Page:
What did space ever do to deserve that?

        Mine's the one with the beret stuffed in the pocket.

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  3. Anonymous Coward
    Anonymous Coward

    Visions of...

    ...Lieutenant* Ripley in her underwear fighting off aliens in the cargo hold...


    * and it's pronounced "leftennant"

    1. Kevin Turvey

      Re: Visions of...

      I'd like to get my shiny headed alien intruder into her cargo hold!

      She was hot in Ghostbusters too!

  4. Anonymous Coward
    Anonymous Coward

    Valuable stuff?

    Does anyone yet know if these asteroids actually contain significant quantities of 'valuable stuff' (or are likely to)? Or is this more of a speculative venture?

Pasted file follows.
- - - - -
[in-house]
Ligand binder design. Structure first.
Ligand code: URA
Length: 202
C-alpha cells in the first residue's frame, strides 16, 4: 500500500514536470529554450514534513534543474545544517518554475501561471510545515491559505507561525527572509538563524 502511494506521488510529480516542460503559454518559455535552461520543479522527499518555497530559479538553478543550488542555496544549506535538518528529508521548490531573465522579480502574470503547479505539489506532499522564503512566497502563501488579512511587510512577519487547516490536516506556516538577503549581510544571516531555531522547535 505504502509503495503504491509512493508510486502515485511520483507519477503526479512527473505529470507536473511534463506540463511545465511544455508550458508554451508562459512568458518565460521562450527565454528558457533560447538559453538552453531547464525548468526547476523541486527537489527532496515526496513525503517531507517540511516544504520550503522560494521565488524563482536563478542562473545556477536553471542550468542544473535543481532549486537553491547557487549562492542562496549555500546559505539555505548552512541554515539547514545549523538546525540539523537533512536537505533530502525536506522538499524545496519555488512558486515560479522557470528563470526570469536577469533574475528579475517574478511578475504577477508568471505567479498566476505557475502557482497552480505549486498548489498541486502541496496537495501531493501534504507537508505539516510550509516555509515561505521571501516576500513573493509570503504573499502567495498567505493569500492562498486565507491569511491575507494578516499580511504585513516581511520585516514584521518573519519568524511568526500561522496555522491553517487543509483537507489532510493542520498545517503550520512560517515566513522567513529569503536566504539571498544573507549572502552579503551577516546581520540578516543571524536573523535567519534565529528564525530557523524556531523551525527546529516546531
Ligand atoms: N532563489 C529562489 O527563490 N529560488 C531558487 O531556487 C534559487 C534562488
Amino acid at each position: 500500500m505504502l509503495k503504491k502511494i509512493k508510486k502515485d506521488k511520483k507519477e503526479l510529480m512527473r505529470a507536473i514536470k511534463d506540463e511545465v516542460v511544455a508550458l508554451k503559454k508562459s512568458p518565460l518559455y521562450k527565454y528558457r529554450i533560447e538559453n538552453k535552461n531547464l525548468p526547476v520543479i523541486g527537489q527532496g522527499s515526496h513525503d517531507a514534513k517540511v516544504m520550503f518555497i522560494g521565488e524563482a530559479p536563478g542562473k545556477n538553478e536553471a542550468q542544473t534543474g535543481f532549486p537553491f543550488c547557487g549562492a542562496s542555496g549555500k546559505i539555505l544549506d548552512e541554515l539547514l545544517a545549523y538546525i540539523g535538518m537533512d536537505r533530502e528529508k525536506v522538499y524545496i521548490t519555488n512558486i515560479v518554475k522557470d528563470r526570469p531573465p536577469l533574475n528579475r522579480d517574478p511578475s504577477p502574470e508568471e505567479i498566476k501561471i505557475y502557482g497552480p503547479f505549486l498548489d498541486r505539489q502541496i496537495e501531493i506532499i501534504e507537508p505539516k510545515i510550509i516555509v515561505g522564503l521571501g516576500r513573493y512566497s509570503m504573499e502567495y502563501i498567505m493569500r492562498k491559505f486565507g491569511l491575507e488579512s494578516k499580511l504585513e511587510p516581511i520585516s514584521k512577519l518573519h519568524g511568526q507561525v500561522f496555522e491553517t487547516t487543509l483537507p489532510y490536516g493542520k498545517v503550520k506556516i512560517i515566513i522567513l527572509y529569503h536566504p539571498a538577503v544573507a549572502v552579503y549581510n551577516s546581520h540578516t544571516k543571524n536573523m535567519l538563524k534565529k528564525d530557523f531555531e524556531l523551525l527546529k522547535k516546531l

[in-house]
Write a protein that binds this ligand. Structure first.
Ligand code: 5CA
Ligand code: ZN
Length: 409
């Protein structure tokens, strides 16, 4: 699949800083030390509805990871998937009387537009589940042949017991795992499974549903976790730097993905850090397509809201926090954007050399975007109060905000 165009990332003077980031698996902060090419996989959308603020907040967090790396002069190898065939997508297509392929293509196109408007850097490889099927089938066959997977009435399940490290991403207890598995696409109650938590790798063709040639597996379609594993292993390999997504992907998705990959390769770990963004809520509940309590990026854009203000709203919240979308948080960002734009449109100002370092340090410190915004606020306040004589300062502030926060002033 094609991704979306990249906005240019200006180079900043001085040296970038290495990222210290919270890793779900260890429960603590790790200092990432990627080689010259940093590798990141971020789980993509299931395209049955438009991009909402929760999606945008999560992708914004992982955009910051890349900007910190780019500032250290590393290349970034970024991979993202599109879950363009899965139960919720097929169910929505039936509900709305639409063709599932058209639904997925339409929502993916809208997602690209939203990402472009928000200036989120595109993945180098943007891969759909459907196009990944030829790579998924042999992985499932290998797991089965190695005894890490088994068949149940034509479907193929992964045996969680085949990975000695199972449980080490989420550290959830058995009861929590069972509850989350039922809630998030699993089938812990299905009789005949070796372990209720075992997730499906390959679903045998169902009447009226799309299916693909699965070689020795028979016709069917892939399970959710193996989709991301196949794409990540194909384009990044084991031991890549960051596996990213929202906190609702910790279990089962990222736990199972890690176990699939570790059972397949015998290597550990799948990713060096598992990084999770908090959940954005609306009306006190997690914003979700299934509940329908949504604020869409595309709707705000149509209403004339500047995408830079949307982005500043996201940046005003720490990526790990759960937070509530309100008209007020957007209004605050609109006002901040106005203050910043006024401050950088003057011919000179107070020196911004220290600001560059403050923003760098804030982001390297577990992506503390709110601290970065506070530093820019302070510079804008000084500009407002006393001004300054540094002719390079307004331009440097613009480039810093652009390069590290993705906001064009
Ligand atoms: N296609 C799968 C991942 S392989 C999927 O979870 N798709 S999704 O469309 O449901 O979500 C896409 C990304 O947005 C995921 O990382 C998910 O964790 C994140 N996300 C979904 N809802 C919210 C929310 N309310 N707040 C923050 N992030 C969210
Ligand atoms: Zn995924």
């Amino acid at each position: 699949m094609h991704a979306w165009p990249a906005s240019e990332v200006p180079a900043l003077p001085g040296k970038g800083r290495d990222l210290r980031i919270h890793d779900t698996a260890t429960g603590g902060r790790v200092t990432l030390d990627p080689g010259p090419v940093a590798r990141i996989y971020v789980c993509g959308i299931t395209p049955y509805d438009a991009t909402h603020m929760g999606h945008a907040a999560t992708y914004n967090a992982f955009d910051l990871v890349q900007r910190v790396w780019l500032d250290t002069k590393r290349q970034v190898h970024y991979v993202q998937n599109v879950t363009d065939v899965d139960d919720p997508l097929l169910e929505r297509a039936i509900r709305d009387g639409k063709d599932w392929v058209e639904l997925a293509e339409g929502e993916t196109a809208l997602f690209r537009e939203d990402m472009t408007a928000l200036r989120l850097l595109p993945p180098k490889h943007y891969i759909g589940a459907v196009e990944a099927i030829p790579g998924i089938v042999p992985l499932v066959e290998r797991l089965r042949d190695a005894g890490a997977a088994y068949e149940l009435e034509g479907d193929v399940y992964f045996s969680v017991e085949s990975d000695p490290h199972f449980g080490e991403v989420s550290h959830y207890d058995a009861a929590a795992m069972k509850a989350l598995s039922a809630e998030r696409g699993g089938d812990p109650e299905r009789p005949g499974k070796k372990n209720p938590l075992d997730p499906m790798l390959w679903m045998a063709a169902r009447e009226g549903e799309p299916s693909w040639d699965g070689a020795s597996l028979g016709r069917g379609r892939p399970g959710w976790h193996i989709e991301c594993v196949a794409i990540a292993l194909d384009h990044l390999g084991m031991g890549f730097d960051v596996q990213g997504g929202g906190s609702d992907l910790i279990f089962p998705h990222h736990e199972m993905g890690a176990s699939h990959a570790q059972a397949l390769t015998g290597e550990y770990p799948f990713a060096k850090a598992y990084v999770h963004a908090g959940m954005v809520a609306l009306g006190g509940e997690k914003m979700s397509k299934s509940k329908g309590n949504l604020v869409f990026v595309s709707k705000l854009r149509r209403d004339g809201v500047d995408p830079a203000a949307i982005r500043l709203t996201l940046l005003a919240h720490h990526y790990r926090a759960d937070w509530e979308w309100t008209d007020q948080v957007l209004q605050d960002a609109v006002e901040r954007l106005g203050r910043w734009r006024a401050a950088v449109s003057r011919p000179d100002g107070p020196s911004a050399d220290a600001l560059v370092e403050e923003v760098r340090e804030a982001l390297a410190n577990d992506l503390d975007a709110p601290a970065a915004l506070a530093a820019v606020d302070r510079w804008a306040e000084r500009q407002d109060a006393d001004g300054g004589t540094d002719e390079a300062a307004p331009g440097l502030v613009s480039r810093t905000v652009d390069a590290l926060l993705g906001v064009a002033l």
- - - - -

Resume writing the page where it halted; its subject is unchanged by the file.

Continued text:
1. Code Monkey

      Re: Valuable stuff?

      I suspect a new bubble. In SPAAAACE!*

      * if overusing "in SPAAAACE" is good enough for El Reg it's good enough for me.

    2. CaptainHook

      Re: Valuable stuff?

      The most valuable stuff they could get access to would be materials to produce/refine rocket fuel/water in depots floating around in strategic locations in the near earth orbit and further out in the solar system.

      Returning material to earth, although perhaps important from a PR point of view probably doesn't have a very good economic basis.

      1. mike2R

        Re: Valuable stuff?

        "Returning material to earth, although perhaps important from a PR point of view probably doesn't have a very good economic basis."